A:A high unemployment rate typically reduces aggregate demand within an economy because unemployed individuals have lower disposable income, leading to decreased consumption. The recent increase in the UK’s unemployment rate to 4.2% suggests a potential reduction in consumer spending, which can dampen economic growth. Moreover, higher unemployment may reduce consumer confidence, further impacting aggregate demand negatively.

Q: Examine the reasons why the Bank of England might consider cutting interest rates in response to the current economic indicators.
A: The Bank of England may consider cutting interest rates to stimulate economic growth by making borrowing cheaper, thus encouraging investment and spending. Given the cooling effects of previous higher interest rates leading to increased unemployment and a less tight labour market, a rate cut could potentially reverse these trends, supporting job creation and economic stability.

Q:Evaluate the effectiveness of wage increases in combating real wage stagnation during inflationary periods, referencing the 8.4% pay raise in the hospitality sector.
A: Wage increases can be effective in combating real wage stagnation during inflationary periods by maintaining or enhancing workers' purchasing power. The 8.4% pay raise in the hospitality sector likely helped workers cope better with inflation, enhancing their real income and standard of living. However, such wage increases can also contribute to wage-price spirals, where higher wages lead to higher production costs and subsequent price increases, potentially exacerbating inflation.

Q: Assess how changes in the national minimum wage can influence inflation and employment.
A: Increases in the national minimum wage can lead to higher consumer spending as low-paid workers gain more disposable income, which can boost economic activity. However, such increases can also lead to higher production costs for businesses that employ a large number of minimum-wage workers. These businesses might pass on these costs to consumers in the form of higher prices, contributing to inflation. On the employment side, while a higher minimum wage can improve living standards, it might also lead to reduced employment opportunities if businesses cut back on hiring to manage increased wage bills.

Possible A Level Economics 25 Marker Question

Assess the implications of rising unemployment on UK economy.(25 marks)​

Infographic of the Week

France and Canada Dominate Global Carbon Tax Revenue in 2022

In 2022, France and Canada emerged as leaders in generating carbon tax revenue, collectively accounting for over half of the global total of approximately $30 billion. This financial outcome underscores the effectiveness of their extensive carbon pricing frameworks that span multiple sectors, such as transportation and industry. The top 15 countries in carbon tax revenue, according to the World Bank’s State and Trends of Carbon Pricing Report from April 2023, also include Sweden, Norway, and Japan among others. Despite the significant revenue generated, there is a consensus that carbon pricing alone may not suffice to meet the ambitious targets of the Paris Climate Agreement. This highlights the need for additional policy measures and technological innovations to complement the carbon taxes and drive more substantial reductions in CO2 emissions.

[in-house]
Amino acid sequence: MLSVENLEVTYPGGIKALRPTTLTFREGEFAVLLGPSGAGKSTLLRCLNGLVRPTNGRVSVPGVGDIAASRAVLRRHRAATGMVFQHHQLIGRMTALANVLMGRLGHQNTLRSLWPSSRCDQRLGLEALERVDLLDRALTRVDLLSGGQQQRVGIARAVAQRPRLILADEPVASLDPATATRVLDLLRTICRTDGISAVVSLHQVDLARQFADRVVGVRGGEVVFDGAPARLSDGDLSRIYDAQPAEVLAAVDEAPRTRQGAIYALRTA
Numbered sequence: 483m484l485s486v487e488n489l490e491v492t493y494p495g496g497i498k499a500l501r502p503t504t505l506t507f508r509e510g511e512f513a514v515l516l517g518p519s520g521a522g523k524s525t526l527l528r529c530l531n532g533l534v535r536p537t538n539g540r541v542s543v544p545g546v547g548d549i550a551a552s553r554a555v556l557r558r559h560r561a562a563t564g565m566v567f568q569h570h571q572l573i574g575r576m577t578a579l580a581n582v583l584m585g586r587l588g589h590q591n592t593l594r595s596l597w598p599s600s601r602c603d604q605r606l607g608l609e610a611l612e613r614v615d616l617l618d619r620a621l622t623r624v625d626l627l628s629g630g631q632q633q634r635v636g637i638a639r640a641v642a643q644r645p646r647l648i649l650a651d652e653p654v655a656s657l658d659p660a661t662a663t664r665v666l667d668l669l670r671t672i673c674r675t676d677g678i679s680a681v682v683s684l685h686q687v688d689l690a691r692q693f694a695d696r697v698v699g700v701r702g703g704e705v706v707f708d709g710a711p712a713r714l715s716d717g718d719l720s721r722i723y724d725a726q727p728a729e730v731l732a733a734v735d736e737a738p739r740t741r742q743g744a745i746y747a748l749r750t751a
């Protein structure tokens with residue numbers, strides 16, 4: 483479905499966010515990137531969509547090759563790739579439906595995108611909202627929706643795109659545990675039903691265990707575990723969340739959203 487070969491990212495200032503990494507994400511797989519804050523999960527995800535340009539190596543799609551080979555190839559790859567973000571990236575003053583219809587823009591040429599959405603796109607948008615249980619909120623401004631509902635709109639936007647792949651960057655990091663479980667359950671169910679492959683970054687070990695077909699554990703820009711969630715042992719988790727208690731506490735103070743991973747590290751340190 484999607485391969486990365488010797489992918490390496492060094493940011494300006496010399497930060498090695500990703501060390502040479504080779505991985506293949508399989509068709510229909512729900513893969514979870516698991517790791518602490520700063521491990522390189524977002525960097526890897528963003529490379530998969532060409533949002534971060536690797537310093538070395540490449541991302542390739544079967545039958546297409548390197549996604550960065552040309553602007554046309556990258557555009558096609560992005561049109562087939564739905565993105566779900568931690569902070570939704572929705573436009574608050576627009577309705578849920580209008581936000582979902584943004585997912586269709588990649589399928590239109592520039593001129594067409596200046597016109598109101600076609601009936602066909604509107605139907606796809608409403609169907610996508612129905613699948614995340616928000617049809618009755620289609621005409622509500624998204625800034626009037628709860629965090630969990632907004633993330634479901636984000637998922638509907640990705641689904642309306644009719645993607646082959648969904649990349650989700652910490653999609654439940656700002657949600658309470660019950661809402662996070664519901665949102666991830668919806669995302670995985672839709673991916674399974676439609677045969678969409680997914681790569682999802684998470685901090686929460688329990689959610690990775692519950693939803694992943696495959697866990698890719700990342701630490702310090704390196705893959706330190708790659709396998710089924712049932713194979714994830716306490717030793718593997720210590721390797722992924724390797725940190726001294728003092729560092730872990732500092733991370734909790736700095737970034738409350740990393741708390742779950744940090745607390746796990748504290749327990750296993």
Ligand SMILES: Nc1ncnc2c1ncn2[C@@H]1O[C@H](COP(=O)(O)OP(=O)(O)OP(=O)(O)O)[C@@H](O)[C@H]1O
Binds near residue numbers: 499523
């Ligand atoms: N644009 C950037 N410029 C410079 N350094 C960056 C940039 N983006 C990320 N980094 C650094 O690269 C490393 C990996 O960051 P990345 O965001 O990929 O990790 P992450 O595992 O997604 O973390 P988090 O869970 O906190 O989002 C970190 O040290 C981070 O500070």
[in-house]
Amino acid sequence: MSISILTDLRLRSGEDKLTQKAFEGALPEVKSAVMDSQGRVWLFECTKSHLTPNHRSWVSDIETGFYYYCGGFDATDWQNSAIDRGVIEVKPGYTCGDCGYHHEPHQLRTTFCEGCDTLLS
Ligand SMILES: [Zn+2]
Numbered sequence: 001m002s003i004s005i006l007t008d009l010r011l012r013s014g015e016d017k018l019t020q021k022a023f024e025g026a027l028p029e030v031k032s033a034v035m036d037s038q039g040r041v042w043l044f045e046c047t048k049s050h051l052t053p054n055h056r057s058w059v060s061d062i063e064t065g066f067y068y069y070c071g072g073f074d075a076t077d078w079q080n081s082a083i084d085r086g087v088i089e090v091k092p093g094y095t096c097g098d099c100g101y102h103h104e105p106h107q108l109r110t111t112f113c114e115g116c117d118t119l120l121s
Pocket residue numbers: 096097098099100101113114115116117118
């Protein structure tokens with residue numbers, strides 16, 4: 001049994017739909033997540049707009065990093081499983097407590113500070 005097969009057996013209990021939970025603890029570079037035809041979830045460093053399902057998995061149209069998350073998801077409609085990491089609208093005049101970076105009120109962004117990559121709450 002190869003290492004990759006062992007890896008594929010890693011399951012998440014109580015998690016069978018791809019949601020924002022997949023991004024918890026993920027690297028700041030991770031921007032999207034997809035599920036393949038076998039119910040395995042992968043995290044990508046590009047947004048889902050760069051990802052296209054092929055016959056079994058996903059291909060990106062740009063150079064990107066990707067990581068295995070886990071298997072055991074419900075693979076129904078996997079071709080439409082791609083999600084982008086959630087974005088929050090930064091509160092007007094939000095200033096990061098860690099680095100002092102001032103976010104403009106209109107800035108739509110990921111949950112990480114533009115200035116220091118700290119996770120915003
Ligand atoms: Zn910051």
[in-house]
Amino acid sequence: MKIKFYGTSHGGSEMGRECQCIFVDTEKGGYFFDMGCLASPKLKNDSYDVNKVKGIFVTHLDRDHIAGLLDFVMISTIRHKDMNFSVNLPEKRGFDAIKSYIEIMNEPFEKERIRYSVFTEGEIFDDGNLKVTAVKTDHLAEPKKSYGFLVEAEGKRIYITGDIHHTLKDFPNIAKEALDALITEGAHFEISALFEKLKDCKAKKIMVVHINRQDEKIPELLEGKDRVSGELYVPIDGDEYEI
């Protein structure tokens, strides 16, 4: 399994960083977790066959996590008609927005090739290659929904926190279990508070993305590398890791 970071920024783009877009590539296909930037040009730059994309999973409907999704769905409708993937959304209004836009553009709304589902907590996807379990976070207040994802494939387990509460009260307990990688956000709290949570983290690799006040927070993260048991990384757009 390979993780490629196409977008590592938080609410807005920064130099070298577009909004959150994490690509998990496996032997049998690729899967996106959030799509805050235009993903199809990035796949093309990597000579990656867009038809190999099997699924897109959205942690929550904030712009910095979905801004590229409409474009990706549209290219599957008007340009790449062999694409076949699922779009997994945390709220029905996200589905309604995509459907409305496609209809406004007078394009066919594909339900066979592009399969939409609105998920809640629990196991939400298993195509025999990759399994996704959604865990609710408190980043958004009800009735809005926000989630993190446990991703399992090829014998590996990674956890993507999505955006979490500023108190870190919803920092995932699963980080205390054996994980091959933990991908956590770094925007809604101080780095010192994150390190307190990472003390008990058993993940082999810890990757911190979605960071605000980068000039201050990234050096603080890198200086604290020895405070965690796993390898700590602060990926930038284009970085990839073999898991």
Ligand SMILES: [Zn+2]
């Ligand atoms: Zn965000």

Chart of the Week

Global Economic Growth Forecasts: A Tale of Two Extremes

The International Monetary Fund's latest World Economic Outlook, released every January, predicts a global economic growth rate of 2.6% for 2024 and 2025 based on market exchange rates, and 3.1% when adjusted for purchasing power parity (PPP). The report highlights a disparity between emerging markets and developed economies, with the former generally outpacing the latter. Notably, India leads the growth among emerging markets, while advanced economies like the EU show modest improvement. The US and China, although still significant contributors to the global economy, are expected to see a slowdown compared to 2023. On the other hand, countries like Argentina face economic contraction in 2024 but are anticipated to recover strongly in 2025. The report underlines varied growth trajectories, indicating a complex global economic landscape recovering from the pandemic.

Macroeconomic Data

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I'm Emre, and I've got a big goal - to make A* education accessible to all A-level students.
And it Starts With You!

Emre Aksahin
Chief Learning Officer at Edgenie